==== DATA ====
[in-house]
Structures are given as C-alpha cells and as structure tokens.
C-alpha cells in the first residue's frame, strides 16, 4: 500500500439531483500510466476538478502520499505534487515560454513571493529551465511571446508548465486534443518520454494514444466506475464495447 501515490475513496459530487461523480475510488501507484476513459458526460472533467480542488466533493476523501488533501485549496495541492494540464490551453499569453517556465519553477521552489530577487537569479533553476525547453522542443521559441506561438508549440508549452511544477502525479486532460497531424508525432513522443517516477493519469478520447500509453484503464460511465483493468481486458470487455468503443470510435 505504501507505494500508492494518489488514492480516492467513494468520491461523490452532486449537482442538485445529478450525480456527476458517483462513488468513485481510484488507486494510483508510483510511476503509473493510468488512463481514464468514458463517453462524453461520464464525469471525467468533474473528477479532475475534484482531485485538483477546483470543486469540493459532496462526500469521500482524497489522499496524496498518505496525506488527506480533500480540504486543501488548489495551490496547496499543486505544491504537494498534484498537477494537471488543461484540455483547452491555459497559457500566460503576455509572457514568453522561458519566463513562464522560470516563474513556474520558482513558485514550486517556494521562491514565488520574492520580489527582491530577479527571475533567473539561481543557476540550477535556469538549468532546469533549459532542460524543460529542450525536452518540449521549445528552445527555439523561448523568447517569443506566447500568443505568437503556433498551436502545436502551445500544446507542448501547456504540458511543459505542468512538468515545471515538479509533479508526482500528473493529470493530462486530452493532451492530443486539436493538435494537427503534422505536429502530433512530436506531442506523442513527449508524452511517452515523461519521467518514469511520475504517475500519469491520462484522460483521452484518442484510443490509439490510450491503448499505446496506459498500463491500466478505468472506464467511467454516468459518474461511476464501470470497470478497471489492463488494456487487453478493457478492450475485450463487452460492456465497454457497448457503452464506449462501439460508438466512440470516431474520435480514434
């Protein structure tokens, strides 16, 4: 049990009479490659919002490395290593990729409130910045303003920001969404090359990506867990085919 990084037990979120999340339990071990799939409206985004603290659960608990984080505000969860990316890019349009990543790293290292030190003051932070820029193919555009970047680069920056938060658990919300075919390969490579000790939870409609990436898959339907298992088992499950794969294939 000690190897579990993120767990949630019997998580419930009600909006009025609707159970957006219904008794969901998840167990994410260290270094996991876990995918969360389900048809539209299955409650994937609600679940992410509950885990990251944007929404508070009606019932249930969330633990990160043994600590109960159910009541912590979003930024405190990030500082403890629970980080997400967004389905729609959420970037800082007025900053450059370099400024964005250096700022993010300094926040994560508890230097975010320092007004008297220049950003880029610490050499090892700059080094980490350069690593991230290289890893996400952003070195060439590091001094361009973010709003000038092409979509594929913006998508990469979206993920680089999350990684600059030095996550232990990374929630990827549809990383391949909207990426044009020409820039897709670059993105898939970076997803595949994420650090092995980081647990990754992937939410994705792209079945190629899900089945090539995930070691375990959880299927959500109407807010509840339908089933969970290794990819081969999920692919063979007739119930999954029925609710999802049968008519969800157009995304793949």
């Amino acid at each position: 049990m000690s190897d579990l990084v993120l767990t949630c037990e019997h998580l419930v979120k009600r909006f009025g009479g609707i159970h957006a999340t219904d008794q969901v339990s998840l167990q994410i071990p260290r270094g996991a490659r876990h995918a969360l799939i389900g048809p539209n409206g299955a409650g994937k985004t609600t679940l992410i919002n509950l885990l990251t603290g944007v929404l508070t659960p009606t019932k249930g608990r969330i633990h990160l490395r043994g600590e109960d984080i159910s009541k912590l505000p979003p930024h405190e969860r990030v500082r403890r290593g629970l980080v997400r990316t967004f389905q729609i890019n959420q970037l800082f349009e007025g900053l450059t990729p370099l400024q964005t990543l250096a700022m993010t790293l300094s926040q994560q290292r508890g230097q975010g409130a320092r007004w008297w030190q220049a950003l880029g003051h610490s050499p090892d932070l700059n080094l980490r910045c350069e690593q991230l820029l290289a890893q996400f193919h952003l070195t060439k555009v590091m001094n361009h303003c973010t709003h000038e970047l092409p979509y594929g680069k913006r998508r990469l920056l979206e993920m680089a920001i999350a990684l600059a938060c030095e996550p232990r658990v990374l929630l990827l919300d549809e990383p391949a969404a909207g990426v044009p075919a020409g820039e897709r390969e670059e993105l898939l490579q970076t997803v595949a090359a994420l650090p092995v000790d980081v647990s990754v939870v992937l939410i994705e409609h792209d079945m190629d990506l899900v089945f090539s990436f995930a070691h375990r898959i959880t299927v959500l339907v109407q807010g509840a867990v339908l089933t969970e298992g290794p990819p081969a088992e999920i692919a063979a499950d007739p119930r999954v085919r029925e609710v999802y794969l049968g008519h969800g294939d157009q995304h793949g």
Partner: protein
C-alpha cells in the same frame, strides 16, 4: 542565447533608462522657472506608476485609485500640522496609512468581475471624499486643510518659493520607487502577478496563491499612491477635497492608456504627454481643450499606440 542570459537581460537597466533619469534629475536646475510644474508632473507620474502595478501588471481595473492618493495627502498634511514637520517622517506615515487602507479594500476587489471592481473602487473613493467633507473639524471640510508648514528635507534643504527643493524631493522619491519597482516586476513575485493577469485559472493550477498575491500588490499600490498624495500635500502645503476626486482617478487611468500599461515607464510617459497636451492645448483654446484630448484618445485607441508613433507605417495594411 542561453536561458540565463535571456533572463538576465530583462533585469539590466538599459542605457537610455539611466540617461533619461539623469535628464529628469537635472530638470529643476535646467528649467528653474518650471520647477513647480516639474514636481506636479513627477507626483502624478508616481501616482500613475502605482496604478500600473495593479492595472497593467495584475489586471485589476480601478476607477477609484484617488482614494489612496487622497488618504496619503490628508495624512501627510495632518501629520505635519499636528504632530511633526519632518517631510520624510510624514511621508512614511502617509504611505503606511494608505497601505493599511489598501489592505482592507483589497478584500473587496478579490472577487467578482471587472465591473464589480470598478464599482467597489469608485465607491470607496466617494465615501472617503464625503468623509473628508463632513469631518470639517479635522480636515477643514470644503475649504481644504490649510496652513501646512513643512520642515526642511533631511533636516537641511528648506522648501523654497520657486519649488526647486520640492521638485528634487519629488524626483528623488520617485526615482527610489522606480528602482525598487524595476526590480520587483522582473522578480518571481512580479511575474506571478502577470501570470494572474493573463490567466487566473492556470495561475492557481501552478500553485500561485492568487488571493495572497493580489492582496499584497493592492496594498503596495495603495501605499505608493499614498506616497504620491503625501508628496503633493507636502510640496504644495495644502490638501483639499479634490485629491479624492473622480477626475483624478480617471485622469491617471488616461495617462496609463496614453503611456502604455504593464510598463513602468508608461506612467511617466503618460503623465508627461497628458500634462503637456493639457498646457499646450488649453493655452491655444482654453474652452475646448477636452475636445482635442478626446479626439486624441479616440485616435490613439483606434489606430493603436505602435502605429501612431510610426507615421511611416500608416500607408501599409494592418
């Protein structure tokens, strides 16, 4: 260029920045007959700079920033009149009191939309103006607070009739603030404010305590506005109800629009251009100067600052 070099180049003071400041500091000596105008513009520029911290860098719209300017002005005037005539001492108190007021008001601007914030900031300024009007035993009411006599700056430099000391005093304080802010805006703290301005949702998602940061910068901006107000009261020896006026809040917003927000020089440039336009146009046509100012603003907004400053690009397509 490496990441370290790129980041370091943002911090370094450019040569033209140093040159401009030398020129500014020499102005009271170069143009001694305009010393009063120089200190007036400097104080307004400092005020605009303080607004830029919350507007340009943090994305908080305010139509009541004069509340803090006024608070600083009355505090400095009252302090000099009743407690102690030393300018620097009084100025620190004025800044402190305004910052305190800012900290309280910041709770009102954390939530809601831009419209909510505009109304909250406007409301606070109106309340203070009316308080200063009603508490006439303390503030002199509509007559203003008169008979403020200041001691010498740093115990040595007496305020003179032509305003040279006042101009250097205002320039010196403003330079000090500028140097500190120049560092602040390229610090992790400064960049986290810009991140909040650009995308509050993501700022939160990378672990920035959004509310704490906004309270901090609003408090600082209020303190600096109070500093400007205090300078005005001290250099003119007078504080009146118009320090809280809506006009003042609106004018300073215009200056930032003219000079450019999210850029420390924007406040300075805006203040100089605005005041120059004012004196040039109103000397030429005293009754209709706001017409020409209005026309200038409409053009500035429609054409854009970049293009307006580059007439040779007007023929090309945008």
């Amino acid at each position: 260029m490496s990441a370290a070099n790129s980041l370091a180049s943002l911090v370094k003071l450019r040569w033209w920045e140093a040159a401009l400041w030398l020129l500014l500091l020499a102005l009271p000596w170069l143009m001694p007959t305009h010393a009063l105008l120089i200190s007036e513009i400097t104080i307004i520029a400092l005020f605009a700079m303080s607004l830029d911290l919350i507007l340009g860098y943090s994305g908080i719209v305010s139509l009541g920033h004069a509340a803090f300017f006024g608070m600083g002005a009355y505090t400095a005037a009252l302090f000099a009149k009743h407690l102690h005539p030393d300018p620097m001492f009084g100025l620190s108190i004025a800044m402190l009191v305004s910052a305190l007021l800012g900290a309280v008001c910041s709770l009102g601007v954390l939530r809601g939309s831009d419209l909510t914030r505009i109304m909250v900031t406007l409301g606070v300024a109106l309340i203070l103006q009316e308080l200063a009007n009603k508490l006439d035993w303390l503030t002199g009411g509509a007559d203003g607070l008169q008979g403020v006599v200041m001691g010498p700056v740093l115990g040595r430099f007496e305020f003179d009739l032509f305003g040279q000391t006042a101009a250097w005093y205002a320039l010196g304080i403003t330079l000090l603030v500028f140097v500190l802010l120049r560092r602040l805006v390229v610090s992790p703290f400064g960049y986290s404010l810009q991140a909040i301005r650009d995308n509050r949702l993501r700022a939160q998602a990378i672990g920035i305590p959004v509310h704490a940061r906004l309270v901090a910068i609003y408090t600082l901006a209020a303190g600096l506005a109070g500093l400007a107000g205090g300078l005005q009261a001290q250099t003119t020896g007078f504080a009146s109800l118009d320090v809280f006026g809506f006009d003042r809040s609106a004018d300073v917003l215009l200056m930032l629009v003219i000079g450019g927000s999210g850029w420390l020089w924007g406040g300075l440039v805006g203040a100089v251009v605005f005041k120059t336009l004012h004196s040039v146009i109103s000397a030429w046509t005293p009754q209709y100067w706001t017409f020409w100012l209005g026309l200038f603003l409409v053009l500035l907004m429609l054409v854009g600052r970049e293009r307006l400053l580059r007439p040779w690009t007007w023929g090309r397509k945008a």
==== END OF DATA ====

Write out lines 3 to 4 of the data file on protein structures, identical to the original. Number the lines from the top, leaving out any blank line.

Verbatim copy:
C-alpha cells in the first residue's frame, strides 16, 4: 500500500439531483500510466476538478502520499505534487515560454513571493529551465511571446508548465486534443518520454494514444466506475464495447 501515490475513496459530487461523480475510488501507484476513459458526460472533467480542488466533493476523501488533501485549496495541492494540464490551453499569453517556465519553477521552489530577487537569479533553476525547453522542443521559441506561438508549440508549452511544477502525479486532460497531424508525432513522443517516477493519469478520447500509453484503464460511465483493468481486458470487455468503443470510435 505504501507505494500508492494518489488514492480516492467513494468520491461523490452532486449537482442538485445529478450525480456527476458517483462513488468513485481510484488507486494510483508510483510511476503509473493510468488512463481514464468514458463517453462524453461520464464525469471525467468533474473528477479532475475534484482531485485538483477546483470543486469540493459532496462526500469521500482524497489522499496524496498518505496525506488527506480533500480540504486543501488548489495551490496547496499543486505544491504537494498534484498537477494537471488543461484540455483547452491555459497559457500566460503576455509572457514568453522561458519566463513562464522560470516563474513556474520558482513558485514550486517556494521562491514565488520574492520580489527582491530577479527571475533567473539561481543557476540550477535556469538549468532546469533549459532542460524543460529542450525536452518540449521549445528552445527555439523561448523568447517569443506566447500568443505568437503556433498551436502545436502551445500544446507542448501547456504540458511543459505542468512538468515545471515538479509533479508526482500528473493529470493530462486530452493532451492530443486539436493538435494537427503534422505536429502530433512530436506531442506523442513527449508524452511517452515523461519521467518514469511520475504517475500519469491520462484522460483521452484518442484510443490509439490510450491503448499505446496506459498500463491500466478505468472506464467511467454516468459518474461511476464501470470497470478497471489492463488494456487487453478493457478492450475485450463487452460492456465497454457497448457503452464506449462501439460508438466512440470516431474520435480514434
């Protein structure tokens, strides 16, 4: 049990009479490659919002490395290593990729409130910045303003920001969404090359990506867990085919 990084037990979120999340339990071990799939409206985004603290659960608990984080505000969860990316890019349009990543790293290292030190003051932070820029193919555009970047680069920056938060658990919300075919390969490579000790939870409609990436898959339907298992088992499950794969294939 000690190897579990993120767990949630019997998580419930009600909006009025609707159970957006219904008794969901998840167990994410260290270094996991876990995918969360389900048809539209299955409650994937609600679940992410509950885990990251944007929404508070009606019932249930969330633990990160043994600590109960159910009541912590979003930024405190990030500082403890629970980080997400967004389905729609959420970037800082007025900053450059370099400024964005250096700022993010300094926040994560508890230097975010320092007004008297220049950003880029610490050499090892700059080094980490350069690593991230290289890893996400952003070195060439590091001094361009973010709003000038092409979509594929913006998508990469979206993920680089999350990684600059030095996550232990990374929630990827549809990383391949909207990426044009020409820039897709670059993105898939970076997803595949994420650090092995980081647990990754992937939410994705792209079945190629899900089945090539995930070691375990959880299927959500109407807010509840339908089933969970290794990819081969999920692919063979007739119930999954029925609710999802049968008519969800157009995304793949």